Maintaining the structural integrity of scaffolding is important because its very nature involves keeping workers safe in situations that could potentially be dangerous. The two most common structural integrity issues that occur when it comes to scaffolding are rust and wear in the metal supports of the scaffolding, and rot or wear in the wooden planks that are designed to support the workers as well as their equipment.
Metal Rust and Wear
The metal elements in your scaffolding can become rusty or otherwise worn to the point where they require repair. If this is the case, then you need to use a rust removing product to thoroughly clean the metal elements of your scaffolds, including the screws and nails, metal pipes, bars and anything else involved in the construction of your scaffolding. Because these metal elements are so vital in keeping your scaffolding operating in a sturdy and safe manner, addressing any wear and tear is important through scaffolding repairs.
If the rust has worn through the pipe and the structural integrity of the pipe is no longer in tact, or if corrosion has disrupted the integrity of the nails or screws holding your planks in place, removing and replacing them is the better option for you to pursue. Once you have cleaned up all of the rust and wear on your metal work, what you can do is apply a sealant product that will prevent new rust from forming. If your scaffolding is regularly exposed to sun, rain or other elements, then protecting the metal with a product like this is definitely a good idea.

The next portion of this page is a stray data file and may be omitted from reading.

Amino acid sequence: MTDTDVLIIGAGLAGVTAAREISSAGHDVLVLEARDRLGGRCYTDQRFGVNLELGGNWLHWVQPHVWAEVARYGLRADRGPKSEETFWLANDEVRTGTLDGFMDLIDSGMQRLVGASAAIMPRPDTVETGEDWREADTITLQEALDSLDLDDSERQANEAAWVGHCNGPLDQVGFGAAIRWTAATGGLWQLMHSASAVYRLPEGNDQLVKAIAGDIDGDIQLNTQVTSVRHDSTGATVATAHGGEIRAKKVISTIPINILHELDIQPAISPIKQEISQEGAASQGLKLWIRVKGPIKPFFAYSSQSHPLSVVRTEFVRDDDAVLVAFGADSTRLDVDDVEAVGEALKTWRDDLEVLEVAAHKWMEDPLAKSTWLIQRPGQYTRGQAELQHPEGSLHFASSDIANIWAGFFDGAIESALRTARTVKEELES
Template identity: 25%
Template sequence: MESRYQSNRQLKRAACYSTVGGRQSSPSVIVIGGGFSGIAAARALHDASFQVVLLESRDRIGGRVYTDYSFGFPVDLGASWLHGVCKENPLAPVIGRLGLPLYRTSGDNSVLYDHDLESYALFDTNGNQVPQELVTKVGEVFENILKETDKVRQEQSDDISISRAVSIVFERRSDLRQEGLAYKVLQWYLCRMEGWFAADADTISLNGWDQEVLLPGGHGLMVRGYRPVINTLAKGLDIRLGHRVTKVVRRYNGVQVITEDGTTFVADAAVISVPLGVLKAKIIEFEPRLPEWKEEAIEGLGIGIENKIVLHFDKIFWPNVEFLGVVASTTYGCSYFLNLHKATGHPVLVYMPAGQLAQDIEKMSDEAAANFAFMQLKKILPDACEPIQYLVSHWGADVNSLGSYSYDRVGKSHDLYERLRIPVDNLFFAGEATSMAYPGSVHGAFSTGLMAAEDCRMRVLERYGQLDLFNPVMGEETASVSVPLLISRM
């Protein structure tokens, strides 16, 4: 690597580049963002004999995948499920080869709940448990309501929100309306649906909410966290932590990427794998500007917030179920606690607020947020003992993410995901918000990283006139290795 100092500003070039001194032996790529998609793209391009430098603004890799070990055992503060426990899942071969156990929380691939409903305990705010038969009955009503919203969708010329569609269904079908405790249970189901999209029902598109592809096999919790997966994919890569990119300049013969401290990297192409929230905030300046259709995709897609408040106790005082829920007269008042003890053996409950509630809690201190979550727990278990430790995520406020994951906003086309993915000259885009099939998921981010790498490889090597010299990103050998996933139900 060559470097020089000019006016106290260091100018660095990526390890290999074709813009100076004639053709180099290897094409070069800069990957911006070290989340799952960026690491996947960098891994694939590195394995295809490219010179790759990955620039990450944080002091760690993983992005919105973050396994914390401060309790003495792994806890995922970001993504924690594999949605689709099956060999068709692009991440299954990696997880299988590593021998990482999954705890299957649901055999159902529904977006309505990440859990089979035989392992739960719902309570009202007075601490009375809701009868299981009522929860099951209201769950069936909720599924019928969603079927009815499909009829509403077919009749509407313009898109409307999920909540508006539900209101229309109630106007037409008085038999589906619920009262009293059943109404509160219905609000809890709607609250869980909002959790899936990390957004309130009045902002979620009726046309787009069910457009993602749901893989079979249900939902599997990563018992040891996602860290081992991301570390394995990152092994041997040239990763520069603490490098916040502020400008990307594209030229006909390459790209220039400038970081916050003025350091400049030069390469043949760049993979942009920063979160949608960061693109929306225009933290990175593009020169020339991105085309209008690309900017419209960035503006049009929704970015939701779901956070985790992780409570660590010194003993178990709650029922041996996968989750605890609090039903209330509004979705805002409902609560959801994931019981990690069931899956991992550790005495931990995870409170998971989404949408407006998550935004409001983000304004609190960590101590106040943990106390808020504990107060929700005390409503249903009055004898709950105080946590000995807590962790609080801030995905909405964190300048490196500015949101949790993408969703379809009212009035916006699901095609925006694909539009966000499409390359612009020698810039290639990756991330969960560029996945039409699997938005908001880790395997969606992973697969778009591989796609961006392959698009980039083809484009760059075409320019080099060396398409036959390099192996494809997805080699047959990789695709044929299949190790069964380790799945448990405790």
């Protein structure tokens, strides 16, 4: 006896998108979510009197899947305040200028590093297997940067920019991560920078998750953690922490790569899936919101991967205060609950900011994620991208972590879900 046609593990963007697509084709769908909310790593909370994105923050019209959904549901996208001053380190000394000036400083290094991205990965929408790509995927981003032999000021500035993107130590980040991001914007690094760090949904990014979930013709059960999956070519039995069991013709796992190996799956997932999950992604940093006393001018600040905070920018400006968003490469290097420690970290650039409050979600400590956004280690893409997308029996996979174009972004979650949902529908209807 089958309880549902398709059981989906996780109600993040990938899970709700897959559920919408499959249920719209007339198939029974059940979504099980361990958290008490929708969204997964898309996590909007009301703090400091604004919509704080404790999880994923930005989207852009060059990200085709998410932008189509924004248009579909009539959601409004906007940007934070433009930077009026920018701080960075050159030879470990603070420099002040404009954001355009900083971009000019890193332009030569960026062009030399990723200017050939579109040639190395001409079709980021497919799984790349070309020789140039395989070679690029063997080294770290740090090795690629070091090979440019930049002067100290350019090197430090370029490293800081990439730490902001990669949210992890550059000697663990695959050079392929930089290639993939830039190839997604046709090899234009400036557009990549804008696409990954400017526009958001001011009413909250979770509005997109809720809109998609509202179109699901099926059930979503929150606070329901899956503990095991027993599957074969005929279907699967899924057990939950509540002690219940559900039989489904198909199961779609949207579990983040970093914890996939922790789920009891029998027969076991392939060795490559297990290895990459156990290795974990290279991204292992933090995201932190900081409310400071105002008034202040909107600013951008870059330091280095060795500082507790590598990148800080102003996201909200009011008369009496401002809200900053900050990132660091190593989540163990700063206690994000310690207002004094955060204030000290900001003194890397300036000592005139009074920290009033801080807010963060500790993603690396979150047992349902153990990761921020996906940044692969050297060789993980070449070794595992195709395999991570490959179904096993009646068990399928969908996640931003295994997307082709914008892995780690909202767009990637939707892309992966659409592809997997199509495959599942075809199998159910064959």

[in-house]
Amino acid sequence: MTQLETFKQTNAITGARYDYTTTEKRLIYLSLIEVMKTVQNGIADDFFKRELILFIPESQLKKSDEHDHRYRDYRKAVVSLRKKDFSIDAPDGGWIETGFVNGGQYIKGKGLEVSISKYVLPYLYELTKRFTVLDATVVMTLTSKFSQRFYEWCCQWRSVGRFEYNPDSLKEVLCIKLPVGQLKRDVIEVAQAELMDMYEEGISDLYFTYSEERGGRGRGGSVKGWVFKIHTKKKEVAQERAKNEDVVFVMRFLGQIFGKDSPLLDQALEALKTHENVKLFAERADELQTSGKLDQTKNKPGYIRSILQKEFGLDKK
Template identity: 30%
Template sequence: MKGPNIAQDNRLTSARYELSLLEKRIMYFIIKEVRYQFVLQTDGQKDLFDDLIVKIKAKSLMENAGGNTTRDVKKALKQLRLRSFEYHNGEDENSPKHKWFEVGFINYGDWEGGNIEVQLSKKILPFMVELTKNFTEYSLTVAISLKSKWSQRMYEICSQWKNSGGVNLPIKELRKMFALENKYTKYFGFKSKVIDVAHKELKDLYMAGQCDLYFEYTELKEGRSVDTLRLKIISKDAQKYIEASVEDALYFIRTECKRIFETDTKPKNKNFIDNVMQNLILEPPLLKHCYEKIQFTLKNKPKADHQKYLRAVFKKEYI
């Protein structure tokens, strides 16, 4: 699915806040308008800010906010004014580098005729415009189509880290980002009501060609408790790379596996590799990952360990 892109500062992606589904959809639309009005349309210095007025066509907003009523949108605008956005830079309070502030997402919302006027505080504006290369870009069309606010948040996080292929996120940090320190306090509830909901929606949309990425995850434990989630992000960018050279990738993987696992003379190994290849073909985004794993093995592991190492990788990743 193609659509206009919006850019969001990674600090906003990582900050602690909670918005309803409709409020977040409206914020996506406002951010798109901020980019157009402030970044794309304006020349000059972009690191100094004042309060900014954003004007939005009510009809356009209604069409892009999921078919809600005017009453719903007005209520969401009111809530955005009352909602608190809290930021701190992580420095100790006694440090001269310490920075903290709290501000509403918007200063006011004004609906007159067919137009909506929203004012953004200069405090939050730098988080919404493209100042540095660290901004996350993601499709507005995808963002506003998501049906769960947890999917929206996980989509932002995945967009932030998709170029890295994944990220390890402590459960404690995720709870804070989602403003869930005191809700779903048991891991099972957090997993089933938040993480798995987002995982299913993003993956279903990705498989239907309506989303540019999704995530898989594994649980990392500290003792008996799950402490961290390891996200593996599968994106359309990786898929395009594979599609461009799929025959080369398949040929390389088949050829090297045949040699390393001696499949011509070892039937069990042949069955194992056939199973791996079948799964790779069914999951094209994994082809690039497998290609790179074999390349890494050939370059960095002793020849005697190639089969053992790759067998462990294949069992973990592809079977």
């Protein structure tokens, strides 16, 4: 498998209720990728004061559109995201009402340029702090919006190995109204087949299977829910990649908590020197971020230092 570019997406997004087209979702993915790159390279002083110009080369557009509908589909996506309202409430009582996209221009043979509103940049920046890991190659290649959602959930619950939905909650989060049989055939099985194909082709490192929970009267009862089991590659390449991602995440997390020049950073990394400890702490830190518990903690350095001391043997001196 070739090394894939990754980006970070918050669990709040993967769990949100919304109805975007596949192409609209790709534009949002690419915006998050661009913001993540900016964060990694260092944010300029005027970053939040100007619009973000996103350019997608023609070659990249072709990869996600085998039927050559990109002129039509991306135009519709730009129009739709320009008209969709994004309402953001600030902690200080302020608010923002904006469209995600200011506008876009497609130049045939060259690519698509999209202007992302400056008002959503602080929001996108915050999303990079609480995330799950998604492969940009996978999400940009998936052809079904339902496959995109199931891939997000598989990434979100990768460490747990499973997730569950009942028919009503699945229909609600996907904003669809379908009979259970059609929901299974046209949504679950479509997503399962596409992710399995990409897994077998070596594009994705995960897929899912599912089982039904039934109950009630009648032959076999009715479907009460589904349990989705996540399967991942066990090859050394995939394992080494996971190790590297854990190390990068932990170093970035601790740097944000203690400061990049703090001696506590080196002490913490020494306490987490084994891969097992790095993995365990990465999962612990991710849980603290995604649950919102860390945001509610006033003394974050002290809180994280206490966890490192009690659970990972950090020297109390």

Wood Rot and Wear
Just as the metal elements on your scaffolding can become worn, so can the wooden planks that serve as platforms for workers to stand on and for equipment to be placed. If the wood is splintered or worn, you can use a belt sander to smooth it out to create a more structurally sound surface. If rotting has occurred or any damage has occurred that has disrupted the overall integrity of the wooden surfaces, then removing the planks and replacing them is a much better option.
This can be done by removing the screws or nails, removing the plank and replacing it with a brand new plank of the same size. There is no harm in doubling up on your planks if you would like to make thicker and heavier work surfaces. You may also want to seal the wood using a commercial sealant product to protect the wood from harsh elements like the sun and heavy rain. This will improve the stability of your planks and will give them a much longer lifespan at the same time.
Keep in mind that the stronger your boards are, the stronger your scaffolding will be in general. The same is true for the metal inner workings that keep the planks supported. Structural integrity is important when it comes to keeping yourself safe while using scaffolding.